Then one day, while she was sitting on her sofa watching TV, she decided it was time to retire, just like that.
The Dutch grande dame of wheelchair tennis ended her career in 2013 on a winning streak of 470 matches -- an achievement second only to Pakistani squash great Jahangir Khan's record mark of 555 straight victories set in the 1980s.
An emotion fueled moment the previous summer had acted as a catalyst for Vergeer's decision to step away from competition.
After winning a seventh Paralympic gold medal at London 2012, she broke down in tears, explaining to the media huddled around her, "There was so much pressure on me. Everybody just expects me to win gold, expects it to be easy."
A new life
After toiling and training for 20 years, she thought enough was enough.
"It was such a relief to win that medal," says the 33-year-old Vergeer as she reflects on her self-imposed sabbatical. "So I decided to take a break after the Paralympic Games and I enjoyed not having to deal with the pressure anymore.
"I was at home watching the Australian Open [in 2013] and I realized I didn't miss it. I didn't want to be in Australia. I enjoyed being home so much more. I was 32 and ready to start a new life."
The transition from professional tennis player to a mere mortal was not easy for the wonder woman from Woerden.
Vergeer dominated her field, winning seven Paralympic gold medals, 21 grand slam singles crowns and 169 singles titles overall, plus 159 in doubles competition.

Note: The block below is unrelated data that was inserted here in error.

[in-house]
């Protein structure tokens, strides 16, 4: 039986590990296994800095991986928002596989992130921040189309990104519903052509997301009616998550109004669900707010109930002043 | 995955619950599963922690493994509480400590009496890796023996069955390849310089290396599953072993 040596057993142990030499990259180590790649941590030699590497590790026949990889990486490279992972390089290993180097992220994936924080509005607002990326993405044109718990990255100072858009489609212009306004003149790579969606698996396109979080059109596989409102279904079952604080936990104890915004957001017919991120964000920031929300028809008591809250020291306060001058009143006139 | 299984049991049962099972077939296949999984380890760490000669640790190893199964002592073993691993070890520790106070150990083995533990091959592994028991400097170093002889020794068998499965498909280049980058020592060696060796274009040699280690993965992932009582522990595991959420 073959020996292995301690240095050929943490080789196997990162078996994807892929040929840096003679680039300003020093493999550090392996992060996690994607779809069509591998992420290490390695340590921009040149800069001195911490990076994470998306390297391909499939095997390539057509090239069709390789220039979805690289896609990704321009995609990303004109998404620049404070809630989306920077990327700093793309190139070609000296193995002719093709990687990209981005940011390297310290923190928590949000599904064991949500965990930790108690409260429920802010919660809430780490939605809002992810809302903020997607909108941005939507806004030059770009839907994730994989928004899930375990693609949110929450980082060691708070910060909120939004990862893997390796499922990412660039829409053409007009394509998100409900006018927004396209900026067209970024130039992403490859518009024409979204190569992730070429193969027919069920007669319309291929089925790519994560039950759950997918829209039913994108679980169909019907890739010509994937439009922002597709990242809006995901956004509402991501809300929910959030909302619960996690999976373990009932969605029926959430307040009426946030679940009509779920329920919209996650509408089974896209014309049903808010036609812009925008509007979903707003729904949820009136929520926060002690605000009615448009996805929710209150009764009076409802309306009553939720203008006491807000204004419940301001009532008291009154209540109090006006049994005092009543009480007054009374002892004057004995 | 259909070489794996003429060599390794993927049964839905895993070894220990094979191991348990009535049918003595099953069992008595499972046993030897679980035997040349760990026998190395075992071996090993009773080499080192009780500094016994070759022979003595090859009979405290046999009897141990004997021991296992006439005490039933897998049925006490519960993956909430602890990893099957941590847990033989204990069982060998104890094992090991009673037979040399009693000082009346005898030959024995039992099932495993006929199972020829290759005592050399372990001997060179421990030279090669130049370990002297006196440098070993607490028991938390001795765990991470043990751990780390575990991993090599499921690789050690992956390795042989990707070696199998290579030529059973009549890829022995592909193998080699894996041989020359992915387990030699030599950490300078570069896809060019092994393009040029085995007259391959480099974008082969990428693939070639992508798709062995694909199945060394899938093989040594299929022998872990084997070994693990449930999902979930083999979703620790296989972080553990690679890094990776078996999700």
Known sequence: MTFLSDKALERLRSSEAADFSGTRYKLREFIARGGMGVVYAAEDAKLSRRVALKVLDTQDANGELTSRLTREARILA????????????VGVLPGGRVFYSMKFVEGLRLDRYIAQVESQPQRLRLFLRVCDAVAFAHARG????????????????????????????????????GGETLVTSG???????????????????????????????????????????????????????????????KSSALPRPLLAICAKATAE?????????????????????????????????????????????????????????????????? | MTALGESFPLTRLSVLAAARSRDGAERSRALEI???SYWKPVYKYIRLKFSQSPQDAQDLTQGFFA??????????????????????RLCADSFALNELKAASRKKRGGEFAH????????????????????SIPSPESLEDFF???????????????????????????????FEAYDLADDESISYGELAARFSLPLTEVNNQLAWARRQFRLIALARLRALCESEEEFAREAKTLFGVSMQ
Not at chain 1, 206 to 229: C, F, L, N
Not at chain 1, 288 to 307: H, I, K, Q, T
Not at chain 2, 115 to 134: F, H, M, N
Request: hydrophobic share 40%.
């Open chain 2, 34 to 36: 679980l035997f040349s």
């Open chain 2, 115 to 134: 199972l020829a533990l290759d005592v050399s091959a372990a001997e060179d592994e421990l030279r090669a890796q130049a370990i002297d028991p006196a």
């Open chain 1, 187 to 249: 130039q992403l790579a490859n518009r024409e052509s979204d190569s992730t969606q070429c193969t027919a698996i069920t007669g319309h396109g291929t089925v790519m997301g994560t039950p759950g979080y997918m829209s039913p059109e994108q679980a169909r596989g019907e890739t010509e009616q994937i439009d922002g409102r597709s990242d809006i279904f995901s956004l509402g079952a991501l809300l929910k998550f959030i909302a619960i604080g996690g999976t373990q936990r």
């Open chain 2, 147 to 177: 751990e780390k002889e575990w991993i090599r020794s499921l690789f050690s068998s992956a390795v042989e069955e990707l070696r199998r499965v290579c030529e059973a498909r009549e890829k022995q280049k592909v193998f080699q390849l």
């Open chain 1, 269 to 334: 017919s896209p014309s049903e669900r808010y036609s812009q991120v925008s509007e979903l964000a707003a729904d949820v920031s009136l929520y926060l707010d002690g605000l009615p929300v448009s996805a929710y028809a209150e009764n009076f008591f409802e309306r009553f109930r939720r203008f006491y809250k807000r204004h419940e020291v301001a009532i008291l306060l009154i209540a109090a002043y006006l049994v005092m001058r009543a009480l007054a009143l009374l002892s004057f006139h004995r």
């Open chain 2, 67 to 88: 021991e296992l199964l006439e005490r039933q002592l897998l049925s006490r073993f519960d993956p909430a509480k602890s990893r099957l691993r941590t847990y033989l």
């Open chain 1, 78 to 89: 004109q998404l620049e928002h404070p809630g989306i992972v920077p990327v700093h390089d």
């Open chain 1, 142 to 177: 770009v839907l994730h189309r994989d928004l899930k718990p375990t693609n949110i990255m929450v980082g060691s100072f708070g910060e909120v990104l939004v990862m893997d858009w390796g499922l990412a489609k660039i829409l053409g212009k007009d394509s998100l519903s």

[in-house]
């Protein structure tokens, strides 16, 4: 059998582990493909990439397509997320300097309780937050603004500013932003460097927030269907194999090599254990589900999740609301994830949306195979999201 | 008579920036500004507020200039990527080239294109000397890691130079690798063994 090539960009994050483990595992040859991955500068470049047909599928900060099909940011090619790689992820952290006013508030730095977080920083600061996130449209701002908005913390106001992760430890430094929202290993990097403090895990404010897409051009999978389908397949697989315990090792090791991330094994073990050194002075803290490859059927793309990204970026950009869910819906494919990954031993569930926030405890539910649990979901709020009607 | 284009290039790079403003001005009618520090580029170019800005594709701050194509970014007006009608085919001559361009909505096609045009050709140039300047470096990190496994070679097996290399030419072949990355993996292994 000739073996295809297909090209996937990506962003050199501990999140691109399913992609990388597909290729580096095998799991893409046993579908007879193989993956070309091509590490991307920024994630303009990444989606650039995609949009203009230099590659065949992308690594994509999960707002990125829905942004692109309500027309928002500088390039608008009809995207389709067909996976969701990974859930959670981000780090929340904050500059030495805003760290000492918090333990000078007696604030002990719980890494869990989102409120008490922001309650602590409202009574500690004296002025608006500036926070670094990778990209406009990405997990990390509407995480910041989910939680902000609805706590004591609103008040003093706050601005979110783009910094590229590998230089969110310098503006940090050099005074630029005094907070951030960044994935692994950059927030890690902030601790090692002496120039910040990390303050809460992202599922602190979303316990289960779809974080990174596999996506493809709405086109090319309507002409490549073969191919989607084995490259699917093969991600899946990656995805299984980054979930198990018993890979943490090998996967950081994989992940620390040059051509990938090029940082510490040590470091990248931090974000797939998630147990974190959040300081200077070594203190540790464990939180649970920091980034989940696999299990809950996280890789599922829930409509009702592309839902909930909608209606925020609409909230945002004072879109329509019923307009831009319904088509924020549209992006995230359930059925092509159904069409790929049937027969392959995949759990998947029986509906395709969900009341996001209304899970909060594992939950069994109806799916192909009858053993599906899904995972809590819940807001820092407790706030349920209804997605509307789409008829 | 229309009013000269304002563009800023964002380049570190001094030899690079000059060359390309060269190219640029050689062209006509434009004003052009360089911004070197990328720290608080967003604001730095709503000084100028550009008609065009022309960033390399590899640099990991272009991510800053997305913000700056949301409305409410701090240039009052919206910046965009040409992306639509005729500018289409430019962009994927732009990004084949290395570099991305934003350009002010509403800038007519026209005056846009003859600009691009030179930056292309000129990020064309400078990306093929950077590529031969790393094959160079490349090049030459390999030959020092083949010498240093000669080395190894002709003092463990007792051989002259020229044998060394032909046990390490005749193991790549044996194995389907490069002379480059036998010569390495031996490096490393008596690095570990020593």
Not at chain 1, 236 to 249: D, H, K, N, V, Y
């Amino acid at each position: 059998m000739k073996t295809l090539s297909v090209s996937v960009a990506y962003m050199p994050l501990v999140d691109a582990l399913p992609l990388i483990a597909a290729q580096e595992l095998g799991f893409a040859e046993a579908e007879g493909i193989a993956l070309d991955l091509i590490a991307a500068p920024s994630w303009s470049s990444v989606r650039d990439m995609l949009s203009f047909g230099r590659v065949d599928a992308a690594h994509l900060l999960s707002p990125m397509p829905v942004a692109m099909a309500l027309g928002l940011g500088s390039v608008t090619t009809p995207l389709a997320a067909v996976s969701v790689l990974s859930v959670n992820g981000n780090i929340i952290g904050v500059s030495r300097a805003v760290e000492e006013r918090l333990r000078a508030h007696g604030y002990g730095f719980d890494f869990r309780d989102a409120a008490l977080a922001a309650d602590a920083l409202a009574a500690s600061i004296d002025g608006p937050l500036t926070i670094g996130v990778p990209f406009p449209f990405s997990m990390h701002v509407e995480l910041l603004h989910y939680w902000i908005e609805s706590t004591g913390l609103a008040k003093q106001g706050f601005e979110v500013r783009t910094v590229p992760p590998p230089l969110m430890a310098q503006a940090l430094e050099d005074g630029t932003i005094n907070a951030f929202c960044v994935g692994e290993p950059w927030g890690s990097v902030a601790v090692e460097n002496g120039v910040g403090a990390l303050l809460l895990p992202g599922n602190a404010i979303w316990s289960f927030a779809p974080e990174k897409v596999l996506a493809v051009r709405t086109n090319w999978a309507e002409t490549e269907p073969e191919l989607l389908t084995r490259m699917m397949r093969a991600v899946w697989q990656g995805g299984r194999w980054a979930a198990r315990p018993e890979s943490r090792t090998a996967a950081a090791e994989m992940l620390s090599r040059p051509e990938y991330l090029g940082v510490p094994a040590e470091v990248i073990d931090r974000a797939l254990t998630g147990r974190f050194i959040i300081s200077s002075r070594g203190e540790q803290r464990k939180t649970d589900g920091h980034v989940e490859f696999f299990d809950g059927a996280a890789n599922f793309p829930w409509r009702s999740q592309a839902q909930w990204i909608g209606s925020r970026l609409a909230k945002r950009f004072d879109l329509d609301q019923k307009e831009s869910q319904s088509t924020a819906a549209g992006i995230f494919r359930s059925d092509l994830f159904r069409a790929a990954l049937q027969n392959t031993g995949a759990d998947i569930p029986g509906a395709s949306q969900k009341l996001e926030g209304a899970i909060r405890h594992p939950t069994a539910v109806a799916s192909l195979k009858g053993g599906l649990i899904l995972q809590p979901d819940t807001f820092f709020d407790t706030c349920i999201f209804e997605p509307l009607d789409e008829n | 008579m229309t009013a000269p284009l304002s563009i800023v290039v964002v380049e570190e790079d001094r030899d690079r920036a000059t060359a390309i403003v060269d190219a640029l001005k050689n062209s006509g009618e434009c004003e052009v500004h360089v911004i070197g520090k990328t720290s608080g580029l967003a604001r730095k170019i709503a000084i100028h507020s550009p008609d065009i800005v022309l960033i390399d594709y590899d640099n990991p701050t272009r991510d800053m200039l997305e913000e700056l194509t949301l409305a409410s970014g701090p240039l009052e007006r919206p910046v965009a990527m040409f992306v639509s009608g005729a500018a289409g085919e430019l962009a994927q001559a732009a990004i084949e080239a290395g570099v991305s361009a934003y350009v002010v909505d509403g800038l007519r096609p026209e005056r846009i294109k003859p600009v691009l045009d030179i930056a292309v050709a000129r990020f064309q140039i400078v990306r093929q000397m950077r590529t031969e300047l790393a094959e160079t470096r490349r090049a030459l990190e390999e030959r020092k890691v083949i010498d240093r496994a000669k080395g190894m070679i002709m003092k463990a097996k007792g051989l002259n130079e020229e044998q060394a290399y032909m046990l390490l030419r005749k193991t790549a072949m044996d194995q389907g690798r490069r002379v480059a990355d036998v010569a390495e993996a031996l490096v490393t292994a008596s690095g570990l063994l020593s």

"It's difficult to be retired and not to be an athlete anymore," Vergeer explains. "There are some days that I miss it.
"Winning matches, getting applause, hanging a gold medal around your neck, I guess that is some kind of addiction, something you want to feel constantly.
"I don't have that anymore. Now in everyday life, it's not every day that people come up to me and say I'm doing great work.
"I had to get used to the fact that it's not going to be there anymore.
"As an athlete your life is also so structured; the time you get up, the time you could eat, when you could go on holiday.
"Now everything is possible and sometimes I make the mistake of planning my day too full, even after two years!"
She may be retired from the professional game but Vergeer still has a jam-packed to-do list.
Top of that list is running the Esther Vergeer Foundation
, which encourages children and youngsters with a physical disabilities to participate in sport.
The foundation helps organize sports days in the Netherlands but is also intent on improving sporting opportunities for disabled children around the globe.
"I don't think a lot of kids with disabilities go out there and play sports," she says. "That needs to be pushed and promoted. That's what I really want to do."
Vergeer's own retirement did, however, lead her to the realization that Para-Sport is now much more prominent -- and that's another positive trend she wants to nurture.
"When I announced my retirement it surprised me," she explains. "It blew me away that I got so much attention from all over the world from China, to Iran, to America.
"It made me proud, it made me realize that Paralympic sport was grown and known all over the world. That was something I fought for all my life, all my career.
"When I started playing wheelchair tennis there was hardly any recognition or knowledge of Paralympic sports.
"In the last 20 years, I've seen the sport grow. I've seen it become more professional and integrated.
"There were still moments when I thought 'I'd really like to be on that TV program' but then some athlete without a disability became the first to call and sometimes that frustrated me.